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Purple Wind Turbines Could Save Wildlife

Thursday, November 4, 2010

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The deadly interaction of wind turbines and wildlife has long vexed both the wind industry and ecologists, but a UK research team may have an answer: Paint them purple.

It turns out that turbines are most often painted the very colors that attract the most insects—and, in turn, flocks of hungry birds and bats on the lookout for a ready-made insect buffet.

Painting the turbines purple—apparently, the ultimate insect turn-off—could end up saving the insects, their predators and the structures themselves.

So concludes the team from Loughborough University, which has found significant differences in insect attraction to various colors.

Insect Attraction

“The phenomenon of wildlife mortality at wind turbine installations has been generating increasing concern, both for the continued development of the wind industry and for local ecology,” the UK scientists write in “Insect attraction to wind turbines: does colour play a role?” recently published in the European Journal of Wildlife Research.

Although a 2000 study focused on the UV reflectance of turbine blades (finding that higher reflectance drew more birds and, thus, more bird deaths), the Loughborough University scientists in Leicestershire are apparently the first to consider the influence of turbine color.

Their conclusion: The same whites and light grays commonly used to make wind turbines less visually obtrusive are “among those found to attract significantly more insects than other colors.” And the single biggest insect come-on is yellow—the same color required on offshore turbines in the UK to ensure visibility to ships.

The findings suggest that color “may well have a role to play in potential mitigation” of wildlife mortality, the team said.

Studying the Spectrum

The scientists conducted their experiment over three years at a 13-meter (42.6 feet) light gray turbine located in a meadow at a local public park. The team prepared a series of cards, about 8 ½ by 12 inches, in a variety of colors: white, light gray, dark gray, blue, red, purple, yellow, brown, green and black.

White, light gray and, less often, dark gray are all common turbine colors. The other colors were chosen either to provide a spectrum of choices or because certain insects are known to express innate color preferences. A transparent card was added as a control.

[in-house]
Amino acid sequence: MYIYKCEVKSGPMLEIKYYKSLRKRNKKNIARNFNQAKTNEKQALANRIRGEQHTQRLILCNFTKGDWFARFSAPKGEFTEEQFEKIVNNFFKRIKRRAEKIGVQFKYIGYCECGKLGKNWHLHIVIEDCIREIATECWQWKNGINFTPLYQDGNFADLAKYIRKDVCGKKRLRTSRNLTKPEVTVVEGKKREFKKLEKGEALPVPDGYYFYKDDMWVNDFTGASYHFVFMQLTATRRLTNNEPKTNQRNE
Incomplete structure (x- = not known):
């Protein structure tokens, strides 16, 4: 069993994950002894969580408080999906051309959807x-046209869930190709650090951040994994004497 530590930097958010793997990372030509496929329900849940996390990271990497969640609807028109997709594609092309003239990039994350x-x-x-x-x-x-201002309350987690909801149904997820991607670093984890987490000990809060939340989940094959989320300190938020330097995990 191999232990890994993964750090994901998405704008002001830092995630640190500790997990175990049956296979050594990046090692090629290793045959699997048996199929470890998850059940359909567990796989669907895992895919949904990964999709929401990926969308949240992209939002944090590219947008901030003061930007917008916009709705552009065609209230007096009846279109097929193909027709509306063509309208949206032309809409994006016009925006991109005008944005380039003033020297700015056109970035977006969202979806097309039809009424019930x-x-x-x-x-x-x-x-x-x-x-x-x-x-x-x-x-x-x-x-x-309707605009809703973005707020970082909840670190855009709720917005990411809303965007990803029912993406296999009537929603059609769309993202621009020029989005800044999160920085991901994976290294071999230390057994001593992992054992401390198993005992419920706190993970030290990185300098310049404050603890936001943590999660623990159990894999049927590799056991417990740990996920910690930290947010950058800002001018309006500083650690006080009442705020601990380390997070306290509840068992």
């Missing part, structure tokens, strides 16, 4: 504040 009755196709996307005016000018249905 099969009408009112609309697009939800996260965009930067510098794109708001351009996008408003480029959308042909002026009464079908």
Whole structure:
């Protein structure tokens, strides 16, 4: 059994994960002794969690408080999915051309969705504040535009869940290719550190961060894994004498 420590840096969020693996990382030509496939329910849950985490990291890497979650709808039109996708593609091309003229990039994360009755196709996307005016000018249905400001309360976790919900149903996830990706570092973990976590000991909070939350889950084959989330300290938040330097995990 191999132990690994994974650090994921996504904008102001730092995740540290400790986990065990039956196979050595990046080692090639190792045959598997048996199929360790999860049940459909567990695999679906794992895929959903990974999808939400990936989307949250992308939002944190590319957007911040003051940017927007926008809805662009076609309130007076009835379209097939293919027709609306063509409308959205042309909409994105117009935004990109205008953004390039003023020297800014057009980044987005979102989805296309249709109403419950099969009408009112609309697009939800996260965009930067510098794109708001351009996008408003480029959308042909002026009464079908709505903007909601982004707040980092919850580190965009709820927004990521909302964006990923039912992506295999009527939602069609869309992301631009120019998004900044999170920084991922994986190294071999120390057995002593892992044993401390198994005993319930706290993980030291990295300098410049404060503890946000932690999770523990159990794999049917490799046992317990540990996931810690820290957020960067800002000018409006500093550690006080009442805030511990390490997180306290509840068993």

In 59 10-minute sessions, the researchers observed a total of 2012 insects, noting which color card they landed on.

“Color was found to have an overall significant effect on insect count,” the team concluded. The most common turbine colors—white and light gray—“were significantly more attractive than all other colors” tested, except for yellow. Purple, on the other hand, “attracted significantly fewer insects than any of the other colors tested.”

The Reflectance Factor

The researchers also studied the changing influences of seasons, weather, wind speed, reflectance and times of day on the insects.

The reflectance association proved strongest. Consistent with the 2000 bird study, “both peak UV [ultraviolet] reflectance and peak IR [infrared] reflectance significantly influenced insect count,” the scientists noted.

They added: “It could be speculated that the UV paint would increase the attraction of insects to the turbine, and thus the attraction of insectivorous birds; this theory is supported by the fact that the vision of many insects is shifted towards the UV portion of the spectrum”—a trait in flies, for example, that canny spiders frequently exploit.

White and yellow gave the highest IR reflectance peak, while the transparent card gave the highest UV peak, the team found.

Decreasing Foraging Opportunities

“The finding that the common turbine colors white and light gray were amongst the most attractive colors to insects, independent of time of day, is of significant importance,” the team wrote.

“Insects attracted to a turbine mast and rotor present a foraging opportunity to local insectivores, and thus this is likely to greatly increase the time spent in the vicinity of the turbine, which in turn increases the risk of fatal interaction with operational rotors.”

It also increases the chances of insects becoming trapped in turbine rotors, the researchers added.

“It therefore appears important to consider alternative turbine colors for future installations, particularly in areas known to be high in insectivore activity,” they conclude.


Tagged categories: Color; Protective coatings; Research

Comment from Linda Schmidt, (11/5/2010, 6:09 AM)

Not withstanding being a nature lover and environmentally sympathic, the visual impact and additional blot on the landscape now potentially in purple will surely make this a non starter in all but the most remote of areas!

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